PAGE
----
Tim Berners-Lee, Right to Repair, and a maths puzzle.
Welcome to Day 8 of our CS4FN Christmas Computing Advent Calendar. It features a computing-themed post every day in December until Christmas Day. All the blog posts in the Advent Calendar so far have been inspired by the picture on the ‘door’ – and today’s post is also inspired by the picture, which is of a Christmas present.
Presents are something you give freely to someone, but they’re also something you hide behind wrapping paper. This post is about a gift and also about trying to uncover something that’s been hidden. Read on to find out about Tim Berners-Lee’s gift to the world, and about the Restart Project who are working to stop the manufacturers of electronic devices from hiding how people can fix them. At the bottom of the post you’ll find the answer to yesterday’s puzzle and a new puzzle for today, also all of the previous posts in this series. If you’re enjoying the posts, please share them with your friends 🙂
1. “This is for everyone” – Tim Berner’s Lee
Audiences don’t usually cheer for computer scientists at major sporting events but there’s one computer scientist who was given a special welcome at the London Olympics Opening Ceremony in 2012.
Tim Berners-Lee invented the World Wide Web in 1989 by coming up with the way for web pages to be connected through links (everything that’s blue and clickable on this page is a link). That led to the creation of web browsers which let us read web pages and find our way around them by clicking on those links. If you’ve ever wondered what “www” means at the start of a link it’s just short for World Wide Web. Try saying “www” and then “World Wide Web” – which takes longer to say?
Tim Berners-Lee didn’t make lots of money from his invention. Instead he made the World Wide Web freely available for everyone to use so that they could access the information on the web. Unless someone has printed this onto paper, you’re reading this on a web browser on the World Wide Web, so three cheers Tim Berners-Lee.
In 2004 the Queen knighted him (he’s now Sir Tim Berners-Lee) and in 2017 he was given a special award, named after Alan Turing, for “inventing the World Wide Web and the first web browser.”
Below is the tweet he sent out during the Olympics opening ceremony.
• The Man Who Invented The Web (24 June 2001) Time
• “I Was Devastated”: Tim Berners-Lee, the Man Who Created the World Wide Web, Has Some Regrets (1 July 2018) Vanity Fair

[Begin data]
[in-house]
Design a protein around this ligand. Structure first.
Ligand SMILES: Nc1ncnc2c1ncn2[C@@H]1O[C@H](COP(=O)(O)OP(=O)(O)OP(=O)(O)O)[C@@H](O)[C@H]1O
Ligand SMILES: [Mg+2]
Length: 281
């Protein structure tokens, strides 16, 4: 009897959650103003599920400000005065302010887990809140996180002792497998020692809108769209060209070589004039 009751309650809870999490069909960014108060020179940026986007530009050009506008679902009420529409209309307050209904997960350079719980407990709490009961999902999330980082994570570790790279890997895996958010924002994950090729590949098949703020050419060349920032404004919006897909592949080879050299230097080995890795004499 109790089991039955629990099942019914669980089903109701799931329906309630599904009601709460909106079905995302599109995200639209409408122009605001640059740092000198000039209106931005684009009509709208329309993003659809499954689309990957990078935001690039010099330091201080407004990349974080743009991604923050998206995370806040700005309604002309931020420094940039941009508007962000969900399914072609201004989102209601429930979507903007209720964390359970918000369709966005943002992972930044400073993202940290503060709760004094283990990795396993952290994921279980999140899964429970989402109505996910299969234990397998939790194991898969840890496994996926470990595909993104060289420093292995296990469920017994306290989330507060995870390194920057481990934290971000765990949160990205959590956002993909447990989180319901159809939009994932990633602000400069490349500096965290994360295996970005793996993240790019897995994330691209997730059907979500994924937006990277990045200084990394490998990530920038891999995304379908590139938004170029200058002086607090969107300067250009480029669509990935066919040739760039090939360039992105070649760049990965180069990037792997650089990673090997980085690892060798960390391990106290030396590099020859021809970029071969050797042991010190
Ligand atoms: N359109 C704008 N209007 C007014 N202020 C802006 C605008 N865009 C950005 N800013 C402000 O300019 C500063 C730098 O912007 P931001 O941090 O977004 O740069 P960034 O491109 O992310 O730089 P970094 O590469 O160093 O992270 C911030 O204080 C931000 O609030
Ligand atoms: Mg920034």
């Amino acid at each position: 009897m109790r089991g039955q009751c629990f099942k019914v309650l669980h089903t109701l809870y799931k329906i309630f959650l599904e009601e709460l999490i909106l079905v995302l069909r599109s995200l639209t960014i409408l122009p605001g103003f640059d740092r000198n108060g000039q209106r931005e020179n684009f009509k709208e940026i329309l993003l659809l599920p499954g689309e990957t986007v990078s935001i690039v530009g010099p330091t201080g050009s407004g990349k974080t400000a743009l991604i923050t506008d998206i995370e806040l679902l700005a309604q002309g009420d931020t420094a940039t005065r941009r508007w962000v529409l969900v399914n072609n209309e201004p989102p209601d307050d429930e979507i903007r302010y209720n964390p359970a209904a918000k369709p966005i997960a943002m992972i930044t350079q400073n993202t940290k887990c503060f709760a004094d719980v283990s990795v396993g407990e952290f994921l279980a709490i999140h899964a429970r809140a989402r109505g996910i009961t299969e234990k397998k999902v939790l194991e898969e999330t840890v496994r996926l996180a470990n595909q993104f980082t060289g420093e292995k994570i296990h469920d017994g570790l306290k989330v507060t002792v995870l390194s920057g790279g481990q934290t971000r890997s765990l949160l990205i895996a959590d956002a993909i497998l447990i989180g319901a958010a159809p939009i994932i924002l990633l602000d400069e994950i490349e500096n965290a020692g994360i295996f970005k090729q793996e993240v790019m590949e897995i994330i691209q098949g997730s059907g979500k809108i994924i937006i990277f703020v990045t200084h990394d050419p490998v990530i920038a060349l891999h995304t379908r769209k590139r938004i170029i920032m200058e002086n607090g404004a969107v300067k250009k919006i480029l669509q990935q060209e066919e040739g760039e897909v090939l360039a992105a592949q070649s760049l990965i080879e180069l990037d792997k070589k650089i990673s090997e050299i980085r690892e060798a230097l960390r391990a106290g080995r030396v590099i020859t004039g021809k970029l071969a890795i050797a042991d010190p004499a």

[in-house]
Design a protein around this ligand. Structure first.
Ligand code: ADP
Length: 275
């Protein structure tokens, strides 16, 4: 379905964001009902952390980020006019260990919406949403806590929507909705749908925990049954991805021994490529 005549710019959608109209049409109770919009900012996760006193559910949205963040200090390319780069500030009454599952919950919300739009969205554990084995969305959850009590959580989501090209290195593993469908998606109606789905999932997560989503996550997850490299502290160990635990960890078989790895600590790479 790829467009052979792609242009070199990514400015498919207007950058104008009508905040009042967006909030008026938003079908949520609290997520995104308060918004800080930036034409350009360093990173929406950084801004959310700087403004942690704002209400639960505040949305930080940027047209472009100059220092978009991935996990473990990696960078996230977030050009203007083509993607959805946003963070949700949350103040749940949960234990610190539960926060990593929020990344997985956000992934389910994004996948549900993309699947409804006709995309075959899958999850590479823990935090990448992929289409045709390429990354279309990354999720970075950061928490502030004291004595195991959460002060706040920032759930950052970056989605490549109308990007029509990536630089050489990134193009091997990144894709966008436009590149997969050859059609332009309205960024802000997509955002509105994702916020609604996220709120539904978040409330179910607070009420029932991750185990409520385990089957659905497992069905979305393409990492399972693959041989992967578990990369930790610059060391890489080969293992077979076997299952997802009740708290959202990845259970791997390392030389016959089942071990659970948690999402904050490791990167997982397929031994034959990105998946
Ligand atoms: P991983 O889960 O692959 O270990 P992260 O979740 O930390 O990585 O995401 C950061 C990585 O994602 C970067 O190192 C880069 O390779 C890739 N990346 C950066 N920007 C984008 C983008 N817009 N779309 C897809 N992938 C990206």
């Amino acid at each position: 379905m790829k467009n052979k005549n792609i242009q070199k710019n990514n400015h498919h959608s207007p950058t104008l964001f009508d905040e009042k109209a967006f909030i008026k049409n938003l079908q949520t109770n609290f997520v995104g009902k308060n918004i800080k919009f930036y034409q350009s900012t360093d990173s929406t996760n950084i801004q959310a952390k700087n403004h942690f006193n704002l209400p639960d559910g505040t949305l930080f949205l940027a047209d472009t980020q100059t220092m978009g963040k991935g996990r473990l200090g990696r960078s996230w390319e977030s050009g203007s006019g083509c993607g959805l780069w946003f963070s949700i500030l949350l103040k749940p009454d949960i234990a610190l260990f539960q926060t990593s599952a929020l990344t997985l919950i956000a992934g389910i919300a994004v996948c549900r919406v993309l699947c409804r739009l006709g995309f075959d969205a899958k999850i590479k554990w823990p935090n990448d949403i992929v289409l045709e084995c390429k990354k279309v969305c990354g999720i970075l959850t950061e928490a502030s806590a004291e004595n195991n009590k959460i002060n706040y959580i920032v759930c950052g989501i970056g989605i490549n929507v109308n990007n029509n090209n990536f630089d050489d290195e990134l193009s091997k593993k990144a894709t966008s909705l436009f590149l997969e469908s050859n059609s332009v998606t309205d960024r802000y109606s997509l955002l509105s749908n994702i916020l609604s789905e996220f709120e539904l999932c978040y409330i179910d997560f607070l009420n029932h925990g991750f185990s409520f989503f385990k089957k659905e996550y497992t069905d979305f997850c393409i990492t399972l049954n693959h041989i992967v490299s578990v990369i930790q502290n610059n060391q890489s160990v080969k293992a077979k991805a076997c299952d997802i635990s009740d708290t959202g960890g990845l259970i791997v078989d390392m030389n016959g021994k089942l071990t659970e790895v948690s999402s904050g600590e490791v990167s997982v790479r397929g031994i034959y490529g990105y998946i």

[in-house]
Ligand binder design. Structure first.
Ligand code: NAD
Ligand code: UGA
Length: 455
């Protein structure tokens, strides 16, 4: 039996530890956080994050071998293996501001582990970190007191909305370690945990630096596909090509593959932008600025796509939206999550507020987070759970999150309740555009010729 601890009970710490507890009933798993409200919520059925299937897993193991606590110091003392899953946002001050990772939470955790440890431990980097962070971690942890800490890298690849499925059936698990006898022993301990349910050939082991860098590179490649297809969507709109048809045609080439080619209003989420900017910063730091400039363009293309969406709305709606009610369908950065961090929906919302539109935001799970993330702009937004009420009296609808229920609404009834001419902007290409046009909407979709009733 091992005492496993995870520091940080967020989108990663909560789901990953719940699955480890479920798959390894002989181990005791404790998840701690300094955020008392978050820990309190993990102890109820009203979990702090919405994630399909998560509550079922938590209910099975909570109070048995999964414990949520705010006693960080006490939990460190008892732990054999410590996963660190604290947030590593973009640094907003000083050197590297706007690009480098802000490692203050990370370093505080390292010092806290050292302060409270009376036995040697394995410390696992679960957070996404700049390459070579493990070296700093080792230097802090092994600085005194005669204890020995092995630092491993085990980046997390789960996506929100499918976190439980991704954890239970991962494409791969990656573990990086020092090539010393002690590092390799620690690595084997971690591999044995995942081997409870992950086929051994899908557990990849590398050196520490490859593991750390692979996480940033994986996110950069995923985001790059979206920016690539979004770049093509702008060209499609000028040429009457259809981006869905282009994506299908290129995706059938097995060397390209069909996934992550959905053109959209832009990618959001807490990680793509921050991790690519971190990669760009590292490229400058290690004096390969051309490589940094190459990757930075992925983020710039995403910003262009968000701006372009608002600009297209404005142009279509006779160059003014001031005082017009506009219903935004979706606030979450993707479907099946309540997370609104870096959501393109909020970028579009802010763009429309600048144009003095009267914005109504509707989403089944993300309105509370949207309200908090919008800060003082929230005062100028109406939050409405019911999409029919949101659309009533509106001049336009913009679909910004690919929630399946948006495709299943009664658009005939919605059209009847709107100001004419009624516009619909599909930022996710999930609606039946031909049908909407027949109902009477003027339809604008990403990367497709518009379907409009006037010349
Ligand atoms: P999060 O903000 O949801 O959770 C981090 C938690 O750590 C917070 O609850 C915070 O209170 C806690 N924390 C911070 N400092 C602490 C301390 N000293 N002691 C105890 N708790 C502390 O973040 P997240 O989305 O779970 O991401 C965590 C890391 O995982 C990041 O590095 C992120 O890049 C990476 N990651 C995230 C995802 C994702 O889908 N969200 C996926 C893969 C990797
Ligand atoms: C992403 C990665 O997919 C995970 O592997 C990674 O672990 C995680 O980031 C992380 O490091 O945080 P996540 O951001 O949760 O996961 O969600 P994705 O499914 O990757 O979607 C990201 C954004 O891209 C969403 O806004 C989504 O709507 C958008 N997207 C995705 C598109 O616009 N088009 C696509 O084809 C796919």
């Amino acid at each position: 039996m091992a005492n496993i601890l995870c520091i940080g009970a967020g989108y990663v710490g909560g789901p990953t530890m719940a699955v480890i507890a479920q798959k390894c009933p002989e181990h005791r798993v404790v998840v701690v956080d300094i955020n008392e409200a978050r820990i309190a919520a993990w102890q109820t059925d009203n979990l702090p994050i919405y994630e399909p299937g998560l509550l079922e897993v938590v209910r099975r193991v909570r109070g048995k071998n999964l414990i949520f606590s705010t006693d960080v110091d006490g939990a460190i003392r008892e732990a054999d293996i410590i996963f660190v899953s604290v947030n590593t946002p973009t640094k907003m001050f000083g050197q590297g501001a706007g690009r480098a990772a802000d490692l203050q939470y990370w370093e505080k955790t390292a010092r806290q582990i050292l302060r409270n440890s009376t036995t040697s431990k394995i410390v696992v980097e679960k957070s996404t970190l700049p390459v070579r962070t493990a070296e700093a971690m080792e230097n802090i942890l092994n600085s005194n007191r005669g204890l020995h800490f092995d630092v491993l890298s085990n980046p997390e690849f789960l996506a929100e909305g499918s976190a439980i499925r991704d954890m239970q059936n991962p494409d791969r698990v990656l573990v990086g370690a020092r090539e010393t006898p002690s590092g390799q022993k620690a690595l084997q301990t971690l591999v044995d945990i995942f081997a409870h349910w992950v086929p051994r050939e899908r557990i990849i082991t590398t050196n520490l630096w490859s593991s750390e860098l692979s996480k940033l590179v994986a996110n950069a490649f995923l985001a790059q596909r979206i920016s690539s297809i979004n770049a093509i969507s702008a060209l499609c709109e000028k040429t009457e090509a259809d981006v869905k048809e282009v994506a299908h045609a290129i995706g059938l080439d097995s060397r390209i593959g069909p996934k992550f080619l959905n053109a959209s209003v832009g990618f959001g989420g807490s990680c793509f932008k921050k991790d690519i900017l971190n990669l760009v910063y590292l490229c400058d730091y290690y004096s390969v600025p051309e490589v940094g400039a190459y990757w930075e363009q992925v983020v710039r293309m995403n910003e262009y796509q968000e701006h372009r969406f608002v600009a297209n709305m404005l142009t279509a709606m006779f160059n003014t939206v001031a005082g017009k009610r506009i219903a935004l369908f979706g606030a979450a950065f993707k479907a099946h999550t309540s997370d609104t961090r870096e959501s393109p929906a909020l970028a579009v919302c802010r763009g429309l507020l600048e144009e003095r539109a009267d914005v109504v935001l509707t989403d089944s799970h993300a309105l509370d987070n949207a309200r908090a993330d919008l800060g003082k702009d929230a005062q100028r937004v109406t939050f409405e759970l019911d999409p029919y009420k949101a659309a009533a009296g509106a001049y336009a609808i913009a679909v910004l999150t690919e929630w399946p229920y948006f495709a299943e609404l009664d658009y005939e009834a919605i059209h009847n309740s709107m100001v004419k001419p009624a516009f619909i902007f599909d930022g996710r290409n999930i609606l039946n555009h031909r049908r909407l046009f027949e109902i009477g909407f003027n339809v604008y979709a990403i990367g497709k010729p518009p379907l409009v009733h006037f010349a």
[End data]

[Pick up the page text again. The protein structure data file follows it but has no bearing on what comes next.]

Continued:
2. Do you have the right to repair your electronic devices?
A ‘black box’ is a phrase to describe something that has an input and an output but where ‘the bit in the middle’ is a complete mystery and hidden from view. An awful lot of modern devices are like this. In the past you might have been able to mend something technological (even if it was just changing the battery) but for devices like mobile phones it’s becoming almost impossible.
People need special tools just to open them as well as the skills to know how to open them without breaking some incredibly important tiny bit. Manufacturers aren’t always very keen for customers to fix things. The manufacturers can make more money from us if they have to sell us expensive parts and charge us for people to fix them. Some even put software in their devices that stops people from fixing them!
The cost of fixing devices can be very expensive and in some cases it can actually be cheaper to just buy a new device. Obviously it’s very wasteful too.
The Restart Project is full of volunteers who want to help everyone fix our electronic devices, and also fix our relationship with electronics (discouraging us from throwing away our old phone when a new one is on the market). The project began in London but they now run Repair Parties in several cities in the UK and around the world. At these parties people can bring their broken devices and rather than just ‘getting them fixed’ they can learn how to fix their devices themselves by learning and sharing new skills. This means they save money and save their devices from landfill.
Restart also campaign for people to have the Right to Repair their own devices. They want a change in manufacturing laws to make sure that devices are designed so that the people who buy and use them can easily repair them without having to spend too much money.
3. Today’s puzzle
A more mathematical puzzle today. Rather than writing letters into the kriss-kross you need to write the equation and its answer.
For example 5 + 2 = as the clue gives you 5 + 2 = 7 as the answer which takes up 5 characters (note that the answer is not “seven” which also takes up 5 characters!). There are several places in the puzzle where a 5 character answer could go, but which one is the right one? Start with the clues that have only one space they can fit into (the ones with 7 symbols and 9 symbols) then see what can fit around them.
This puzzle was created by Daniel, aged 6. For an explanation of the links to computer science and how these puzzles can be used in the classroom please see the Maths Kriss-Kross page on our site for teachers. Note that the page does include the answer sheet, but no cheating, we’ll post the answer tomorrow. Also, if you don’t have a printer you can use the editable PDF linked on that page.
4. Answer to yesterday’s puzzle
The creation of this post was funded by UKRI, through grant EP/K040251/2 held by Professor Ursula Martin, and forms part of a broader project on the development and impact of computing.
5. Previous Advent Calendar posts
CS4FN Advent – Day 1 – Woolly jumpers, knitting and coding (1 December 2021)
CS4FN Advent – Day 3 – woolly hat: warming versus cooling (3 December 2021)